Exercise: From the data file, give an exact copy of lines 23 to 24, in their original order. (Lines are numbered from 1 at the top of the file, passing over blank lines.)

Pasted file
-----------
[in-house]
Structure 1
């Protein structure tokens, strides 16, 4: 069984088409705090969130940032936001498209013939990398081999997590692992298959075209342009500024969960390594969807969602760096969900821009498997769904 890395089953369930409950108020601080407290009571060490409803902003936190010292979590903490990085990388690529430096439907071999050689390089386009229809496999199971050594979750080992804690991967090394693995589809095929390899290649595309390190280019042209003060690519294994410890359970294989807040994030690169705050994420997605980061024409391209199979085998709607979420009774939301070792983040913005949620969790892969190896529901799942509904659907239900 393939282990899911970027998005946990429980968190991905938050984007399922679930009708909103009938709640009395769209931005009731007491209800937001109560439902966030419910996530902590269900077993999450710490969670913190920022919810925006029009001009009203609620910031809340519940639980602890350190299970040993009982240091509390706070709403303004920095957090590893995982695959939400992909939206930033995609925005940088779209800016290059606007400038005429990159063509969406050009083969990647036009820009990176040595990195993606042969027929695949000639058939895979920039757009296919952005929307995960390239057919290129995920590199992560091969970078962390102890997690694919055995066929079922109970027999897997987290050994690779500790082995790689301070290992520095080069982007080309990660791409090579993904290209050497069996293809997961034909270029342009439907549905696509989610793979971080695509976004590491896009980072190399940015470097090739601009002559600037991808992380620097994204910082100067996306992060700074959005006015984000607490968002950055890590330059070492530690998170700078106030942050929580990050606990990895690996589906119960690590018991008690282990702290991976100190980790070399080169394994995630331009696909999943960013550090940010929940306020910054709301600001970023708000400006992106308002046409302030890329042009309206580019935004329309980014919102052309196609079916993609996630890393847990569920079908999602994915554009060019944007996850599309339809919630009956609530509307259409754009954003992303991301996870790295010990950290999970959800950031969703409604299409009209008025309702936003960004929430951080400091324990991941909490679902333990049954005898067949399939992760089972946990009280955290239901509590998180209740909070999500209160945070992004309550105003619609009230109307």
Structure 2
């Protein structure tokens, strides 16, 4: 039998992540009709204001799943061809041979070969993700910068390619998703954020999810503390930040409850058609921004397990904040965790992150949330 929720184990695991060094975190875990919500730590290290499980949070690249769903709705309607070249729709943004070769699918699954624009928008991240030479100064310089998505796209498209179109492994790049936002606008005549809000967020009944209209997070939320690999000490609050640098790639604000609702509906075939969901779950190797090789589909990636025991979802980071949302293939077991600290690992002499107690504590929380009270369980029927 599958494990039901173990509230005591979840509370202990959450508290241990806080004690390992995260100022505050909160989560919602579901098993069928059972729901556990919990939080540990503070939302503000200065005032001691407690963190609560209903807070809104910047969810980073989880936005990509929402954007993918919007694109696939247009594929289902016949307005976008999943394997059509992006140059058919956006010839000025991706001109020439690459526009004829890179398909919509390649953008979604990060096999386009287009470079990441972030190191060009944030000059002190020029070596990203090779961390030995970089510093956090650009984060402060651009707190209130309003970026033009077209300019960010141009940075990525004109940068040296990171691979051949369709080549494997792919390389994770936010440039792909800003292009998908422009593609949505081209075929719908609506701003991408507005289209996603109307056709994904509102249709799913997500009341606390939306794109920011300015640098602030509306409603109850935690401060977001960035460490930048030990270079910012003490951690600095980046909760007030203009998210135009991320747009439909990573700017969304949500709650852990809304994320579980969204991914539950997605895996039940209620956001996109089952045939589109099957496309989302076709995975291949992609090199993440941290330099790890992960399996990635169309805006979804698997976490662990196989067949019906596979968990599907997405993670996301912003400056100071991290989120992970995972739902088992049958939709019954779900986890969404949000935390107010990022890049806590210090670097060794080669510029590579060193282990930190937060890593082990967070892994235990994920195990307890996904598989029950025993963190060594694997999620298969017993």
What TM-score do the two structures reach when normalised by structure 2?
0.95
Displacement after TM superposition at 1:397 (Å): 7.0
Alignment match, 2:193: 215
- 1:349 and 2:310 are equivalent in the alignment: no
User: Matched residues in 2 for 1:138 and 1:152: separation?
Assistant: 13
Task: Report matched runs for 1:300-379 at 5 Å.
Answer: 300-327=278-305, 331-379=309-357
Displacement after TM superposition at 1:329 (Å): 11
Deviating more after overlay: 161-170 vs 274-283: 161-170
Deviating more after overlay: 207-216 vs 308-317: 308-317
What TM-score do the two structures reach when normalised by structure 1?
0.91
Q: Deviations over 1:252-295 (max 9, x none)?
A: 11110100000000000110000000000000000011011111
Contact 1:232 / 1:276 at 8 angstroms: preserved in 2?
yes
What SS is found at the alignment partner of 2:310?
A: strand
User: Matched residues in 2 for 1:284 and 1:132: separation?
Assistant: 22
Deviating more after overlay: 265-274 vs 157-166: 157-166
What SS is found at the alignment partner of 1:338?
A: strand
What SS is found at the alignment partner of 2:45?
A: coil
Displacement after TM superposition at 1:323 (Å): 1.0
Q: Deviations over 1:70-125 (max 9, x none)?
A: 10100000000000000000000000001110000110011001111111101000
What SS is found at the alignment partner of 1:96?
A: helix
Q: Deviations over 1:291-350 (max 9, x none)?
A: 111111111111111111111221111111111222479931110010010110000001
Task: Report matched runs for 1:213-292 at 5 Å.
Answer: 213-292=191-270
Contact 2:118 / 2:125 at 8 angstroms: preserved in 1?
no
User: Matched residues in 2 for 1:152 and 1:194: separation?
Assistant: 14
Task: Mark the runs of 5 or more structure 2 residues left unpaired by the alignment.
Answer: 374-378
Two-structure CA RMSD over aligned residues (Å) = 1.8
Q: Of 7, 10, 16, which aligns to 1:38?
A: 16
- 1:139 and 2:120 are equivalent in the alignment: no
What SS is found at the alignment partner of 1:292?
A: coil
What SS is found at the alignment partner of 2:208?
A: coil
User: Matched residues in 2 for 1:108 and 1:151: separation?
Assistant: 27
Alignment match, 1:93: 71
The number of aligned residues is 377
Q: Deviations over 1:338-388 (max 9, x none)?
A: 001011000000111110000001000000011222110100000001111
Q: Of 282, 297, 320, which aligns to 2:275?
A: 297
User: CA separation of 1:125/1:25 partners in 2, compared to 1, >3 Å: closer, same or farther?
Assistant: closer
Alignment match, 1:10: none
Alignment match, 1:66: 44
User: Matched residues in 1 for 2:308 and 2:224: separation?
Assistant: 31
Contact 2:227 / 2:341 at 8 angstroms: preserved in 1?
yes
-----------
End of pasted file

yes
What SS is found at the alignment partner of 2:310?